If there's one factor that keeps carp anglers coming back for more, it's the fact that at any moment (whilst ever a baited rod is in the water), even the most unpromising session can be turned in the blink of an eye into a glorious triumph, should a fish of our dreams choose to suck in our bait and get firmly hooked.
As I arrived on the banks of Wetlands Lakes at 7.00 am on 10th June 2019, had I known what epic adventure awaited me, I would have approached it with rather more enthusiasm than was actually the case. After several days of persistent and mood dampening rainfall, with only the prospect of more to come, little wonder that I struggled to find much appetite for the 24 hours ahead. Worst still, the dank conditions were to be accompanied by a cold north easterly wind. If ever there was a time when the conditions seemed wholly unpromising, this was most definitely it. Even though the rain had eased off for a brief spell in the morning, more was expected before midday and a distinct nip in the air called for several layers of warm clothing instead of last week's T-shirt and light weight trousers.
Not surprisingly, Richard had greeted me at the gates with the news that all the pegs were currently free. However, he suggested that I avoid pegs 3 to 5, so that a couple of anglers practising for the British carp cup matches might be able to fish together when they arrived later in the day. Richard had also plied me with a couple of bags of free test bait to trial, with a view to developing a bespoke, lake special boilie range.
One was a reddish-brown boilie with a "Fishy" aroma and the other test bait was a washed out yellow colour with a fruity note.
Naturally, I did a slow lap of the specimen lake, looking for signs of carp, before finally opting for peg 10. My choice was prompted by the immediate sighting of a couple of carp in the peg, one in the near margin and the other adjacent to mushroom island.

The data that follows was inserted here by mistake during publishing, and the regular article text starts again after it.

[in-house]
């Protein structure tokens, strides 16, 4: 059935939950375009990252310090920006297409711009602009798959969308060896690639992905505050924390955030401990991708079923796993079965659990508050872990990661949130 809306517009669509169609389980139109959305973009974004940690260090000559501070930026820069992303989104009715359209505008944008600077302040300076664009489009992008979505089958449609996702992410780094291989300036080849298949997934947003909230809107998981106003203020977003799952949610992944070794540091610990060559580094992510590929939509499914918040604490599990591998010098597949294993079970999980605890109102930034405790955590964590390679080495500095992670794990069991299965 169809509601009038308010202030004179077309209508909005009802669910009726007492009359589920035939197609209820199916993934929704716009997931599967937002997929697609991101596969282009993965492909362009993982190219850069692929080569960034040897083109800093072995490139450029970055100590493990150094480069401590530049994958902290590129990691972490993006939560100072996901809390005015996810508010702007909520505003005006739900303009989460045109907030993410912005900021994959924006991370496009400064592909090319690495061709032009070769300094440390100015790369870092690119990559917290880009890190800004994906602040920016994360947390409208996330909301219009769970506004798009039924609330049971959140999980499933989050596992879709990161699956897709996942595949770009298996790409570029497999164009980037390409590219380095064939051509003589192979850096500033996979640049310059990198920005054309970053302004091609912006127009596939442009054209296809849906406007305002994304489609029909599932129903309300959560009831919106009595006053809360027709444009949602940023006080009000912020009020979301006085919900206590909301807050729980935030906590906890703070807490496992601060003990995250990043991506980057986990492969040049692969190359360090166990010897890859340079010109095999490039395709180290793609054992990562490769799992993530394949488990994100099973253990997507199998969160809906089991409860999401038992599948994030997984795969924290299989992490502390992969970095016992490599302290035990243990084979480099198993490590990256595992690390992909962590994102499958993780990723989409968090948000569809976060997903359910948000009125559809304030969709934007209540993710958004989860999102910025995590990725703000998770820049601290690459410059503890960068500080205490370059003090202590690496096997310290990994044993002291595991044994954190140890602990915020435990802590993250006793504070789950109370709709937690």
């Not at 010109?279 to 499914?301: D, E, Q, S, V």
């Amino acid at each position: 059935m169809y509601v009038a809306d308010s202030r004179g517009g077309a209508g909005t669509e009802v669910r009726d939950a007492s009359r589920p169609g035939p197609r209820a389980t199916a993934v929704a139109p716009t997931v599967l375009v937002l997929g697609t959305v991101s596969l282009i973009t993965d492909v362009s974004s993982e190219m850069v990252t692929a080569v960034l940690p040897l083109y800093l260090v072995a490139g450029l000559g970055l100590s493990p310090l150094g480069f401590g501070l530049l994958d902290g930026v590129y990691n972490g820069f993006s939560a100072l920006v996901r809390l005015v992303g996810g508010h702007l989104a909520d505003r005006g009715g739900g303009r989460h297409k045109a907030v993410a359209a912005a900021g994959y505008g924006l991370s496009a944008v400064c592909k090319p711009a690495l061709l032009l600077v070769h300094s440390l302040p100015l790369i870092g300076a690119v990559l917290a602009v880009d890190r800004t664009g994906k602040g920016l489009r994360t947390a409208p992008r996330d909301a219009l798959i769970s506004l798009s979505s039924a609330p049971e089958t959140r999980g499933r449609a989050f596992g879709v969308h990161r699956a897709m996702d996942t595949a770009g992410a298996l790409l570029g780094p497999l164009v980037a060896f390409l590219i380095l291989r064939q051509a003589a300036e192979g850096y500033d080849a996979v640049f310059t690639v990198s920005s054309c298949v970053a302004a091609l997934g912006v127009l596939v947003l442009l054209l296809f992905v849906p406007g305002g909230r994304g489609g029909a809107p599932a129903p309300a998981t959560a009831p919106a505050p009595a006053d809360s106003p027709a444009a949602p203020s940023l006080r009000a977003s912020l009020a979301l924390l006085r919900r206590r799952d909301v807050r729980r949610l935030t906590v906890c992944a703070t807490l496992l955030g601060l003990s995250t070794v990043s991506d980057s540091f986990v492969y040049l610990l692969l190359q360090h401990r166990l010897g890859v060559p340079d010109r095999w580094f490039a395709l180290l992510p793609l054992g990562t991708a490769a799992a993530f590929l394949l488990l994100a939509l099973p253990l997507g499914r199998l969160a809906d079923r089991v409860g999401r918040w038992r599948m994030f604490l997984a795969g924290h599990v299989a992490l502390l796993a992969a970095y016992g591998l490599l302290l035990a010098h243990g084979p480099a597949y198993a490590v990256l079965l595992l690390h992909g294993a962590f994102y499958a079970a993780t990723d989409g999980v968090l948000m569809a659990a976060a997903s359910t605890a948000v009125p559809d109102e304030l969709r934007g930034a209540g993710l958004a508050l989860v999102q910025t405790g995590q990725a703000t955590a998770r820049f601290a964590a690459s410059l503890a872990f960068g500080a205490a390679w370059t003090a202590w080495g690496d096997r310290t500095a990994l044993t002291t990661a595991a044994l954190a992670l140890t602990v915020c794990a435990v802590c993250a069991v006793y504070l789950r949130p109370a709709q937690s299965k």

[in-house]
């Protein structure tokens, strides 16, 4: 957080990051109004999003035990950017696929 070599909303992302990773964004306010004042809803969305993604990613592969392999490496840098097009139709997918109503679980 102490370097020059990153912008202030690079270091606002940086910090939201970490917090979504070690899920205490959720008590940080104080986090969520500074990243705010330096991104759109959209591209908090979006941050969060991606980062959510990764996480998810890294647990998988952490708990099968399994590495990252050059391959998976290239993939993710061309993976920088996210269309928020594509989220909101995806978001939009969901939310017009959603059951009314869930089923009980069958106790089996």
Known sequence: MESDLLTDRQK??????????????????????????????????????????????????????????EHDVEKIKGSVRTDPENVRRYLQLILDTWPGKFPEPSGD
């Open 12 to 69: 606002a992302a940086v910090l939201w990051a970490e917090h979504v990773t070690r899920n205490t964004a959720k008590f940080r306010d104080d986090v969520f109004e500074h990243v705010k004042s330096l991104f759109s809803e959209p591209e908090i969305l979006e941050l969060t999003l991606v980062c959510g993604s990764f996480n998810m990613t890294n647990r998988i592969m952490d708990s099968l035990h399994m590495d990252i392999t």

Thankfully, I managed to get all three rods in place and my bivvy erected before the rainfall started in earnest. Rod placement followed a well established pattern for peg 10, with the exception of my left hand rod, which covered a spot next to the newly installed, large diameter pipe (that now provides a connection across the causeway to peg 9). My middle rod placed a bait in front of mushroom island and my right hand rod was dedicated to the right hand bay, in front of the inlet from the growing pond. Bait choice for the left and middle rod was in each case, a double 18mm reddish brown "test" boilie, whereas the right hand rod bore a double 18mm yellow "test" boilie. All the boilies were as described, from the trial range, including a dozen or so free baits scattered around each location.
As expected the wet and cold conditions took their toll upon the fishing (not even the ubiquitous bream appeared to be feeding with any sense of commitment) and a sense of gloom invaded my mind, as I huddled for protection inside the bank side hut throughout the long, slow day. By late evening the rain had eased slightly and morphed into a pervasive drizzle, such that I retired to the comfort and warmth of my sleeping bag somewhat earlier than usual. Not long afterwards, the rain regained its strength, drumming constantly on the bivvy roof. No other sound interrupted the night and I awoke at 6.00 am to the fading tones a rather muted dawn chorus. Surprise, surprise, it was still raining, so the prospect of a wet pack down greeted me. What followed was an attempt to fold up and cover my sleeping bag, bed chair and assorted paraphernalia whilst still inside the bivvy, before stacking them inside the hut to keep them dry. To some extent, I succeeded, but my folding seat had already become wet through, even though it had been tucked under the hut roof all night. By 7.00 am virtually everything was packed away in my estate car. All that remained was to wind in the rods.